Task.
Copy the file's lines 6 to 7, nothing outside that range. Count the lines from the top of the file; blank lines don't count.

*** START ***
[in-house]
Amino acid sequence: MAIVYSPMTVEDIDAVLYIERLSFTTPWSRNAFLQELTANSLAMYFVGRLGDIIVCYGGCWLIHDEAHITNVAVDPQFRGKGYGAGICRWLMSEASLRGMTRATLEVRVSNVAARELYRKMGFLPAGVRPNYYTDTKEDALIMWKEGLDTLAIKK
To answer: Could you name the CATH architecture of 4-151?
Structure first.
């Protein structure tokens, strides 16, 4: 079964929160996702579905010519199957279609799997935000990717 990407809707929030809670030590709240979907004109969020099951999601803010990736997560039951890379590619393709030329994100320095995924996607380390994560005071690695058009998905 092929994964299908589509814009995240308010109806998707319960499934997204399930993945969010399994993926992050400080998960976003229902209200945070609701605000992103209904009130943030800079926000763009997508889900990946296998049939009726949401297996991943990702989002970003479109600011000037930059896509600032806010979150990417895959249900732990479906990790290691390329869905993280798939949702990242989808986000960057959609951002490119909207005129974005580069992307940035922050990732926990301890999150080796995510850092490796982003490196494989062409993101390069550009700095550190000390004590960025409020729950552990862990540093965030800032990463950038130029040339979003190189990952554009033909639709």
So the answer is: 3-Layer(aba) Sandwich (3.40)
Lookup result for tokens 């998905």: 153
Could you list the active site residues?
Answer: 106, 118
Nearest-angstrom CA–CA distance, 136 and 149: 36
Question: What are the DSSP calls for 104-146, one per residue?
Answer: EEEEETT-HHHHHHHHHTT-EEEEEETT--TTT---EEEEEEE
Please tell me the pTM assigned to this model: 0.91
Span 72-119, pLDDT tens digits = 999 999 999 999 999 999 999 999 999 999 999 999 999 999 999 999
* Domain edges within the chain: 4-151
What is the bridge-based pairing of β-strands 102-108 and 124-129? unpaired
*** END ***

So the answer is: 3-Layer(aba) Sandwich (3.40)
Lookup result for tokens 């998905």: 153